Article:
Sunday, February 12, 2012

Sweet Potato vs. White Potato

One common health food substitution I've been hearing about is to replace eating white potatoes with sweet potatoes. However, after Friday night's dinner, which was SO yummy, I had to wonder - are sweet potatoes really that much better for you, or am I just fooling myself? So I did some research - here's what I found:

Looking at them side-by-side, sweet potatoes and regular white potatoes seem to be nutritionally quite identical:

Sweet Potato






2.29 g.

3.63 g.


23.61 g.

36.47 g.


3.8 g.

3.8 g.


0.17 g.

0.26 g.

Saturated Fat

0.06 g.

0.04 g.

[Comparison from - 1 medium, baked, with skin, no salt added]

After looking at those numbers, it didn't seem like that huge of a difference ... so what was the big deal? What gives sweet potatoes the edge? After reading some more, here are the two main reasons why sweet potatoes (which are actually not a type of potato) are said to be healthier than regular potatoes:
  • sweet potatoes have more antioxidants (which lowers the risk of certain chronic diseases such as heart disease and cancer)
  • sweet potatoes have a lower glycemic index, which means that it does not cause a spike in blood sugar levels - which often leads to more hunger, therefore more eating - therefore, the pancreas does not need to work as hard to compensate (so there is less strain on the body)
So overall, the sweet potato does have more nutritious value than the regular potato -- now I don't feel so guilty for enjoy my dinner with so much relish :)

The last line in the LA times article I read is worth quoting:

"A sweet potato isn't really good for you if it's fried and eaten along with a generous serving of mom's apple pie."

The final nutritional value of the food will always come down to portion and preparation -- so choose and prepare foods carefully!

Sources of information:


  1. Interesting! I knew about the glycemic index part, but not the rest. And I love sweet potatoes! So I'll keep eating them, guilt free!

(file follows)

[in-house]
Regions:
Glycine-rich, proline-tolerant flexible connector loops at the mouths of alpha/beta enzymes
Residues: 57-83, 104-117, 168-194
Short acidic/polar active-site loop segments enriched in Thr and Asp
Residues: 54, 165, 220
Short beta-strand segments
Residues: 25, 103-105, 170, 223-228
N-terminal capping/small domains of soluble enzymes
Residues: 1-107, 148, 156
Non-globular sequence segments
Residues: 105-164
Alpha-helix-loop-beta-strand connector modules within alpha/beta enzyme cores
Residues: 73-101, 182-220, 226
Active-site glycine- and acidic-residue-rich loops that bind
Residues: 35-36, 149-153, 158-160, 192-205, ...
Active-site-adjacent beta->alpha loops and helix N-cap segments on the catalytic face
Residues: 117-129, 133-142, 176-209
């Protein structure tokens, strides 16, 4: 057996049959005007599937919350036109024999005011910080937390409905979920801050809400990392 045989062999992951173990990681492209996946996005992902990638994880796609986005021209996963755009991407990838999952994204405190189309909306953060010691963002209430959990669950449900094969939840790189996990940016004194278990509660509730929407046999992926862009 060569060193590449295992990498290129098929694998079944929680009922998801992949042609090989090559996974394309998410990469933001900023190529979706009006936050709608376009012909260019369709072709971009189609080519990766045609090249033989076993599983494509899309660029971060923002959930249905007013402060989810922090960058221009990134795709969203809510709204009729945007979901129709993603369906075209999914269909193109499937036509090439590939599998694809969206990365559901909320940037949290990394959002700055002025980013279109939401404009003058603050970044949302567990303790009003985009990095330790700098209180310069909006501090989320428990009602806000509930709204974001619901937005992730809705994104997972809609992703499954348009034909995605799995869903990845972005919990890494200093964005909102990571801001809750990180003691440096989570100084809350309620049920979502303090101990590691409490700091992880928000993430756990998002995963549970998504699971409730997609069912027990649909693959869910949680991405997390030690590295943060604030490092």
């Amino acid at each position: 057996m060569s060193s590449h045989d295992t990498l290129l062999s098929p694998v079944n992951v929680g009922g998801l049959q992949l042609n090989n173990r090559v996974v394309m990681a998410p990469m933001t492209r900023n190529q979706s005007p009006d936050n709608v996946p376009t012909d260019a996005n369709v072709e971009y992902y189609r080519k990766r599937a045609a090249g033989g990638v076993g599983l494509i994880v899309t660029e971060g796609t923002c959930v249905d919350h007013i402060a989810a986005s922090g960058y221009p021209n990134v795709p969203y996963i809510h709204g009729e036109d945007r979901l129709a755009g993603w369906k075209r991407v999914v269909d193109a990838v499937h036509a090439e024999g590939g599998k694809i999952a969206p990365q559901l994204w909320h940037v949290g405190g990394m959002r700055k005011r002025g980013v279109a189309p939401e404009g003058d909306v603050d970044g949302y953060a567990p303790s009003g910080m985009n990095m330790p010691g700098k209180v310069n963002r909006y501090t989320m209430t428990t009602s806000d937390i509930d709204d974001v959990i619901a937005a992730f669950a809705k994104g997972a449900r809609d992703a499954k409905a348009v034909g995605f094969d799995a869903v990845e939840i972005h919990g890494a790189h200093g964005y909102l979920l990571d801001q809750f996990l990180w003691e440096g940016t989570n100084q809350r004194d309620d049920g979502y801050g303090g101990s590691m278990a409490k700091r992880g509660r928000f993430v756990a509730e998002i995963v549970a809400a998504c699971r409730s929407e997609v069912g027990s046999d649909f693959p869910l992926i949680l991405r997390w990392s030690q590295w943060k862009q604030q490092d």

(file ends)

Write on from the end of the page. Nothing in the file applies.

2. This is a very informative post. Will definitely switch from normal potatoes to sweet potatoes from now on.

  3. I'm glad you looked beyond the "label," so to say.

    One month, last year on my blog, I highlighted research on fruits and veggies every day. I learned that whole grains have antioxidants, such as popcorn and whole wheat bread. I learned that dark skinned beans, such as black beans and dark red kidney beans have more antioxidants than light skinned beans.

    Both white potatoes and sweet potatoes have antioxidants, but I do tend to think people should be incorporating more of the orange and deep yellow veggies into their diets. And, like you say, eat it in a healthy way.

    Baked sweet potatoes travel well. I bring them to the office for lunch. I have sweet potatoes featured in my current blog post, as well. :D

    If nothing else, I have learned to look beyond the label and do more research about what I eat. It has really opened my eyes.

    :-) Marion

  4. DH and I eat them weekly, at the very least. My nutritionist encourages them for the very reasons you cited. I'd never had them, except for the drenched in marshmallow and brown sugar Thanksgiving-style way, until about a year ago. We eat them just plain with a little butter. YUM!!


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